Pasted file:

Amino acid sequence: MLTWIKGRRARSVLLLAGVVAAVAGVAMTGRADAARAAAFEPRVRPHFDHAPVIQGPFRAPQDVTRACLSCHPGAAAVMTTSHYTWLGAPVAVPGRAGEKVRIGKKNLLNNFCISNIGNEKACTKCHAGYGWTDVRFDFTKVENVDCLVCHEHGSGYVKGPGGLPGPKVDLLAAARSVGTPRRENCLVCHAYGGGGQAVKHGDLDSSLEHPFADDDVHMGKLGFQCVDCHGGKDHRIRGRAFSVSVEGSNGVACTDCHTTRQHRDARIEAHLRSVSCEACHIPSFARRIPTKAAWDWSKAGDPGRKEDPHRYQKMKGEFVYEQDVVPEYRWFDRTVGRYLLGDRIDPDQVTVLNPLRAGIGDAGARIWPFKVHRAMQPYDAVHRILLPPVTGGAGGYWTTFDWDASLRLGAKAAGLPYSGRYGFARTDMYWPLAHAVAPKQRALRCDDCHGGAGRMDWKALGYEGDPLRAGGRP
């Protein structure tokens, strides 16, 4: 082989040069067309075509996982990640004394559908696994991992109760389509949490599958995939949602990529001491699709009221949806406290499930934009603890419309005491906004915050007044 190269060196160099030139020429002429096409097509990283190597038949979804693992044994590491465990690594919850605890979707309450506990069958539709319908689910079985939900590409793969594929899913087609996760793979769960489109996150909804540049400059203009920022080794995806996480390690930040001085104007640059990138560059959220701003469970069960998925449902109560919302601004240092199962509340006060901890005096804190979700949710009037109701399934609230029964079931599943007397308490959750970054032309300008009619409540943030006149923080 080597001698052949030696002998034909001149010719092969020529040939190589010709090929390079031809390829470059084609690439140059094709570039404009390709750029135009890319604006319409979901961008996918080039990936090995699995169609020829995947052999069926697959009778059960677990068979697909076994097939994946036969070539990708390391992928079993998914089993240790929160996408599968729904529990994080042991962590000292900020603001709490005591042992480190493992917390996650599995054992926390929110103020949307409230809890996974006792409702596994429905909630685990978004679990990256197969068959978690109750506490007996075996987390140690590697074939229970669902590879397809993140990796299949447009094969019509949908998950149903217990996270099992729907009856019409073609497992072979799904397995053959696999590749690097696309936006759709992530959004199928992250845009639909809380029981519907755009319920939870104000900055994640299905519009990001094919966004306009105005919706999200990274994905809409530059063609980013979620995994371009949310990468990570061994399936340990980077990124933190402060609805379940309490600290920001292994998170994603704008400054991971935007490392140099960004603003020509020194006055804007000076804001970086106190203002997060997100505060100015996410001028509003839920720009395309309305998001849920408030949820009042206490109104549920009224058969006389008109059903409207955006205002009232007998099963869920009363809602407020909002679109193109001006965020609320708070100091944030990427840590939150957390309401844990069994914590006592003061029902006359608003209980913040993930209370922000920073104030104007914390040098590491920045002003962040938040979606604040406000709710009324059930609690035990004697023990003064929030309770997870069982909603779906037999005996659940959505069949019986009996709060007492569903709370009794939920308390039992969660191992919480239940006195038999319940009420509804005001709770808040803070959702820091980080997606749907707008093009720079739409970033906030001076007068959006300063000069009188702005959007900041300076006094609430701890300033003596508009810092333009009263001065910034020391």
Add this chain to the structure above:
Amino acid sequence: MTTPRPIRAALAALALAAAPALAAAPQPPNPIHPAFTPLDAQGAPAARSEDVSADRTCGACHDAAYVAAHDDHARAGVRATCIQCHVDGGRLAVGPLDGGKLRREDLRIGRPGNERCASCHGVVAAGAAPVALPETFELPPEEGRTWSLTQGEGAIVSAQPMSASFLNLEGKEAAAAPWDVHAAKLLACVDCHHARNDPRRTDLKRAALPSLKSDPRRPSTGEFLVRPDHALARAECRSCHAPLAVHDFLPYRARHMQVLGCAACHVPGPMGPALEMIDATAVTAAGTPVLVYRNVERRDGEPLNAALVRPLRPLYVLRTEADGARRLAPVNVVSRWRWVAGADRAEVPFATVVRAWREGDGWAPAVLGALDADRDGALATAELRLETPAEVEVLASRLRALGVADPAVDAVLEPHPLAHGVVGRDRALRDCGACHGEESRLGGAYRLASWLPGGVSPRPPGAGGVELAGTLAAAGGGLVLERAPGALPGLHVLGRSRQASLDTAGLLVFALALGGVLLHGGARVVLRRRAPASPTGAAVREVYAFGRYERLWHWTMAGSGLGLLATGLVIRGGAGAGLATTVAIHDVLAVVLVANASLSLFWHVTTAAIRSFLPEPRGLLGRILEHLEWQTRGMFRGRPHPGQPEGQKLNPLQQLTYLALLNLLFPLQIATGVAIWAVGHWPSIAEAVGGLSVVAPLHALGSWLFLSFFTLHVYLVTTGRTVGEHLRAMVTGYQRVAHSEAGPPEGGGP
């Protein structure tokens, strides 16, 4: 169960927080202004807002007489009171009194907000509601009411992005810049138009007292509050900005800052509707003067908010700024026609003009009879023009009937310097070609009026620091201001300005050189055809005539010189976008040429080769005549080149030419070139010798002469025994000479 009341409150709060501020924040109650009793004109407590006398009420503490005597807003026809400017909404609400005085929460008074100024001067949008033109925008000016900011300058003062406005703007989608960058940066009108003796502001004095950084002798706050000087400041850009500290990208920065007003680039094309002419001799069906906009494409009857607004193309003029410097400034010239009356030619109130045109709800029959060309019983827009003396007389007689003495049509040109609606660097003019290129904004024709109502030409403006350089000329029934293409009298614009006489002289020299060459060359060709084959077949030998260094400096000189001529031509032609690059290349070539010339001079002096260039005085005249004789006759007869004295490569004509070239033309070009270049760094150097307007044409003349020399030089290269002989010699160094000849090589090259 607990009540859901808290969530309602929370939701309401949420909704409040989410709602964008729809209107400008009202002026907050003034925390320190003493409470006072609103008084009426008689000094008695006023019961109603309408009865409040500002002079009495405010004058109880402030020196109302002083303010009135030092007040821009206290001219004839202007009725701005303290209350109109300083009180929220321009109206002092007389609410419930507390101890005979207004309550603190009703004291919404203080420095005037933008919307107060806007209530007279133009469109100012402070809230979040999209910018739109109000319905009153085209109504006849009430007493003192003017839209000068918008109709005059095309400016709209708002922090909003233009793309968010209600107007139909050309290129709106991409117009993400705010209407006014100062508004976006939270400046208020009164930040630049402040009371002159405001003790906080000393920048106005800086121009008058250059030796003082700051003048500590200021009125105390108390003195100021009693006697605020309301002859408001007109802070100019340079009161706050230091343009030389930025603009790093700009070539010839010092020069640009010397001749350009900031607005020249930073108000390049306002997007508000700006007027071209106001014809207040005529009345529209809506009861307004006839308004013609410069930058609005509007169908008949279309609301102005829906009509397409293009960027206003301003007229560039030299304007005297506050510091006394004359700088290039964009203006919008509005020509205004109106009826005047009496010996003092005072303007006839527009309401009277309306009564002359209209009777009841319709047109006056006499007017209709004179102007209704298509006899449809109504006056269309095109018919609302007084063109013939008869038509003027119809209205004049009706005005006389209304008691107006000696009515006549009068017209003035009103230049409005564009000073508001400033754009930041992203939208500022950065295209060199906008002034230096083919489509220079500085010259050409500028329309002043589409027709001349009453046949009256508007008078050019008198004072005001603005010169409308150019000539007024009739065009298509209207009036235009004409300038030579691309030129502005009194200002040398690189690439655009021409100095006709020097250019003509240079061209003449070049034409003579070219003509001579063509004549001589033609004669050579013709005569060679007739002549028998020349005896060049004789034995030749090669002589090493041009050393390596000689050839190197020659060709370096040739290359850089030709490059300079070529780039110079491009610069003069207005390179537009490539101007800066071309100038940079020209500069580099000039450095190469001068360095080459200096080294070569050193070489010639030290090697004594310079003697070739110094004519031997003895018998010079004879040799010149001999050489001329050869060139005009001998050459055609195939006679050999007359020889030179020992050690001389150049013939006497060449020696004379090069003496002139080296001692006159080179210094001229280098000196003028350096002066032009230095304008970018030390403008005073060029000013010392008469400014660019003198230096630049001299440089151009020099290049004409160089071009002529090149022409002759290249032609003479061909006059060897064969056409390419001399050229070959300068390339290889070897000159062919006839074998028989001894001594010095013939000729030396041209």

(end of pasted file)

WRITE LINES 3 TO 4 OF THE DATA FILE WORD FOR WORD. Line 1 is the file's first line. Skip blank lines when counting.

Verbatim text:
Add this chain to the structure above:
Amino acid sequence: MTTPRPIRAALAALALAAAPALAAAPQPPNPIHPAFTPLDAQGAPAARSEDVSADRTCGACHDAAYVAAHDDHARAGVRATCIQCHVDGGRLAVGPLDGGKLRREDLRIGRPGNERCASCHGVVAAGAAPVALPETFELPPEEGRTWSLTQGEGAIVSAQPMSASFLNLEGKEAAAAPWDVHAAKLLACVDCHHARNDPRRTDLKRAALPSLKSDPRRPSTGEFLVRPDHALARAECRSCHAPLAVHDFLPYRARHMQVLGCAACHVPGPMGPALEMIDATAVTAAGTPVLVYRNVERRDGEPLNAALVRPLRPLYVLRTEADGARRLAPVNVVSRWRWVAGADRAEVPFATVVRAWREGDGWAPAVLGALDADRDGALATAELRLETPAEVEVLASRLRALGVADPAVDAVLEPHPLAHGVVGRDRALRDCGACHGEESRLGGAYRLASWLPGGVSPRPPGAGGVELAGTLAAAGGGLVLERAPGALPGLHVLGRSRQASLDTAGLLVFALALGGVLLHGGARVVLRRRAPASPTGAAVREVYAFGRYERLWHWTMAGSGLGLLATGLVIRGGAGAGLATTVAIHDVLAVVLVANASLSLFWHVTTAAIRSFLPEPRGLLGRILEHLEWQTRGMFRGRPHPGQPEGQKLNPLQQLTYLALLNLLFPLQIATGVAIWAVGHWPSIAEAVGGLSVVAPLHALGSWLFLSFFTLHVYLVTTGRTVGEHLRAMVTGYQRVAHSEAGPPEGGGP